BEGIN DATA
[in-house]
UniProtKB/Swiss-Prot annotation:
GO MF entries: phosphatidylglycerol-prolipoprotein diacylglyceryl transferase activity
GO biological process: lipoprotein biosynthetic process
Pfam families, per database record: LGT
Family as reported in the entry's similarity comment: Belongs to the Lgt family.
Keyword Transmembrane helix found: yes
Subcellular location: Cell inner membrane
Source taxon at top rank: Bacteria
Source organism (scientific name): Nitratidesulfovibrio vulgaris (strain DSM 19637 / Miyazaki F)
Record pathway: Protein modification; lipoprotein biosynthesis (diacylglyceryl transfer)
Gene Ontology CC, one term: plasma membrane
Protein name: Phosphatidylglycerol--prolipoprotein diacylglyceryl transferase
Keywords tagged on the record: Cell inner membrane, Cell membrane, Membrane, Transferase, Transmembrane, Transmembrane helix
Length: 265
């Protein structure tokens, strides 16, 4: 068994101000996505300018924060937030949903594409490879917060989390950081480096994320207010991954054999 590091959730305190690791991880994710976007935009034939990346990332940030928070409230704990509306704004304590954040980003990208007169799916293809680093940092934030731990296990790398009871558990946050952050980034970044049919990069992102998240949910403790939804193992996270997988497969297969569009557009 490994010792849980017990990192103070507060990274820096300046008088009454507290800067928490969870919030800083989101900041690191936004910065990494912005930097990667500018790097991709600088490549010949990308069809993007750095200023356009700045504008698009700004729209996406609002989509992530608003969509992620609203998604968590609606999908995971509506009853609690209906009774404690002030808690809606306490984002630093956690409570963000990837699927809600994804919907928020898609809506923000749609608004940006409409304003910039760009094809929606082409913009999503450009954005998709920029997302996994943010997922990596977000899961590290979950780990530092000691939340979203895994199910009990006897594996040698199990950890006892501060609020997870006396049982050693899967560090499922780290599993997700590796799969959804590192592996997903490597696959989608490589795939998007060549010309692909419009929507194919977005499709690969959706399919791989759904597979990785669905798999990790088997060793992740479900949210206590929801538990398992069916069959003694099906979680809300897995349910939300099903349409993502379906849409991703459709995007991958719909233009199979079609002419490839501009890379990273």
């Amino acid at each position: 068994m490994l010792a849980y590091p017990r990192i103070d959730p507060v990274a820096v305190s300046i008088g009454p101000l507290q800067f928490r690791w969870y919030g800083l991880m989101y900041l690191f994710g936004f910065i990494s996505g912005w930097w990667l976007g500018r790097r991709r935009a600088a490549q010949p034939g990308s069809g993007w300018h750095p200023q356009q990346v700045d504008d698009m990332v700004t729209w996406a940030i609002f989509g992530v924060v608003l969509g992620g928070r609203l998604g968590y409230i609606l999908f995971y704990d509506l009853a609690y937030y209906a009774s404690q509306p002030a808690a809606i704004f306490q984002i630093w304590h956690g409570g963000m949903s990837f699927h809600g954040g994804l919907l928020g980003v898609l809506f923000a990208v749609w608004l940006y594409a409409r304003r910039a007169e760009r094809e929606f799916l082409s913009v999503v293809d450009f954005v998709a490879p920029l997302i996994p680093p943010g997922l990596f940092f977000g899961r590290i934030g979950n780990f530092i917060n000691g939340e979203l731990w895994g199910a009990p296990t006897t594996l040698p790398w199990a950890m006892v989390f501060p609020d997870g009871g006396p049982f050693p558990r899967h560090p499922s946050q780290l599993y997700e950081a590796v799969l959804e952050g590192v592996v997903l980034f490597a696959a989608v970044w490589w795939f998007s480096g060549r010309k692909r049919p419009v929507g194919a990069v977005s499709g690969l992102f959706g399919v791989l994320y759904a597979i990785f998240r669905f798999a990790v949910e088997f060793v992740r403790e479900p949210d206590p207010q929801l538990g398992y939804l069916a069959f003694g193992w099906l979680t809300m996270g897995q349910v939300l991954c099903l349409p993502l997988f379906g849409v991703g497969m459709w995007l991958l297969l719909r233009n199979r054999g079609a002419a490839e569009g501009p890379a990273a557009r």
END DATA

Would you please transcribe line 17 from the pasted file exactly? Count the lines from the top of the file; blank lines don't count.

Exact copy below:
């Amino acid at each position: 068994m490994l010792a849980y590091p017990r990192i103070d959730p507060v990274a820096v305190s300046i008088g009454p101000l507290q800067f928490r690791w969870y919030g800083l991880m989101y900041l690191f994710g936004f910065i990494s996505g912005w930097w990667l976007g500018r790097r991709r935009a600088a490549q010949p034939g990308s069809g993007w300018h750095p200023q356009q990346v700045d504008d698009m990332v700004t729209w996406a940030i609002f989509g992530v924060v608003l969509g992620g928070r609203l998604g968590y409230i609606l999908f995971y704990d509506l009853a609690y937030y209906a009774s404690q509306p002030a808690a809606i704004f306490q984002i630093w304590h956690g409570g963000m949903s990837f699927h809600g954040g994804l919907l928020g980003v898609l809506f923000a990208v749609w608004l940006y594409a409409r304003r910039a007169e760009r094809e929606f799916l082409s913009v999503v293809d450009f954005v998709a490879p920029l997302i996994p680093p943010g997922l990596f940092f977000g899961r590290i934030g979950n780990f530092i917060n000691g939340e979203l731990w895994g199910a009990p296990t006897t594996l040698p790398w199990a950890m006892v989390f501060p609020d997870g009871g006396p049982f050693p558990r899967h560090p499922s946050q780290l599993y997700e950081a590796v799969l959804e952050g590192v592996v997903l980034f490597a696959a989608v970044w490589w795939f998007s480096g060549r010309k692909r049919p419009v929507g194919a990069v977005s499709g690969l992102f959706g399919v791989l994320y759904a597979i990785f998240r669905f798999a990790v949910e088997f060793v992740r403790e479900p949210d206590p207010q929801l538990g398992y939804l069916a069959f003694g193992w099906l979680t809300m996270g897995q349910v939300l991954c099903l349409p993502l997988f379906g849409v991703g497969m459709w995007l991958l297969l719909r233009n199979r054999g079609a002419a490839e569009g501009p890379a990273a557009r």